We already know that Donald Glover's long-awaited FX series Atlanta is undeniably great, but is it also undeniably popular? According to the stats surrounding last week's double-episode premiere, the answer is a very firm hell yes. FX Networks announced Tuesday that Atlanta bagged the "best audience of any basic cable primetime scripted comedy" in more than three years in the coveted 18 to 49 demographic.
When measured under the Live+3 (i.e. DVR-esque viewing included) criteria, that brings Atlanta's total audience for the series premiere to an impressive 3 million. As for that braggable 18 to 49 demographic, 1.9 million of the premiere's viewers fell within that range. 1.2 million people of them wisely watched the premiere telecast instead of waiting around like a lame, marking the strongest primetime comedy debut since Inside Amy Schumer in 2013. Critically speaking, well, don'tjust take our word for it. Let's crunch the numbers.
Atlanta now stands as the most critically acclaimed comedy series of the year, currently resting atop a Metacritic score of 90. Are you really about that numbers life? Here's some more:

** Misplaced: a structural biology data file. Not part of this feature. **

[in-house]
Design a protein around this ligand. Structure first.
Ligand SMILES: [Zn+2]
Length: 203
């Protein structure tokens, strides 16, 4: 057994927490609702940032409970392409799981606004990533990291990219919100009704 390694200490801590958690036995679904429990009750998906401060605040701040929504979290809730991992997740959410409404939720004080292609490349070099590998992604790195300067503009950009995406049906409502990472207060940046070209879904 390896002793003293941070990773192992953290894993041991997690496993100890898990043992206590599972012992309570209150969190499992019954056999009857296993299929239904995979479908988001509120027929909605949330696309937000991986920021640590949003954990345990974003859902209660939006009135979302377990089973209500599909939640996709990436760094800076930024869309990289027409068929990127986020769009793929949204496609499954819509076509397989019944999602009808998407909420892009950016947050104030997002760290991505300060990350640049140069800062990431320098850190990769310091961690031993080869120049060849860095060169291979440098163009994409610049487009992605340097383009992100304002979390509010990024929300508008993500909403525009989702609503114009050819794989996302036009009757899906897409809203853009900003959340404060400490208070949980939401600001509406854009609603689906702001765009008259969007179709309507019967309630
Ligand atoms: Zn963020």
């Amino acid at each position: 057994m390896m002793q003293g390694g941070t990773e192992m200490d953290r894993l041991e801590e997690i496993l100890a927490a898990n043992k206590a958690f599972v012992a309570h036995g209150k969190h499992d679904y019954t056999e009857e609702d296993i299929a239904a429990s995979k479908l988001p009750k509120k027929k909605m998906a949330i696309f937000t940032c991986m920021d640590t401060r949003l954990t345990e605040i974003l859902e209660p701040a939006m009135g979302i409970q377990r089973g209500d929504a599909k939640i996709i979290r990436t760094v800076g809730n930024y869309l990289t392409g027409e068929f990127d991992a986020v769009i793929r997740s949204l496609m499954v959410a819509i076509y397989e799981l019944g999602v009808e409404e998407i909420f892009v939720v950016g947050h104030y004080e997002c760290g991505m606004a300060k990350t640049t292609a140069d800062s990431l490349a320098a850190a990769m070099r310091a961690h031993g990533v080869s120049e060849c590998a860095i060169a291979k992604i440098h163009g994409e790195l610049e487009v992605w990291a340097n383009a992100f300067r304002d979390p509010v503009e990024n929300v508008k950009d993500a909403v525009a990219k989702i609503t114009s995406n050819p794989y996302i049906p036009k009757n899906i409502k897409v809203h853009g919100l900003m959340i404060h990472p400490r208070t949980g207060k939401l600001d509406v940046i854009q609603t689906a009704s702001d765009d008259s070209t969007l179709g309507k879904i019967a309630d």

"Among FX Networks series, Atlanta is FX’s most-watched original comedy series premiere in both Adults 18-49 and Total Viewers since Wilfred’s premiere in June 2011. The Live+3 lift of the series premiere of Atlanta in Adults 18-49 (72%) and Total Viewers (68%) was one of the highest among FX comedy series premieres, behind Baskets in Adults 18-49 (80%) and Total Viewers (69%). In January, the series premiere of the FX comedy series Baskets was the most-watched basic cable primetime comedy series premiere since 2014 in both Adults 18-49 and Total Viewers on a Live+3 basis."
So with Atlanta doing numbers both critically and commercially, what should we lowly viewers expect in the episodes ahead? According to the show's stars, it's best to expect the unexpected. In fact, maybe just don't bother with expectations at all. "I don't want to release too much, because I don't think even the first few episodes encapsulate everything the show is about," Brian Tyree Henry (Paper Boi) told Complex last week. "This show is really going to cover all things, and nothing at all."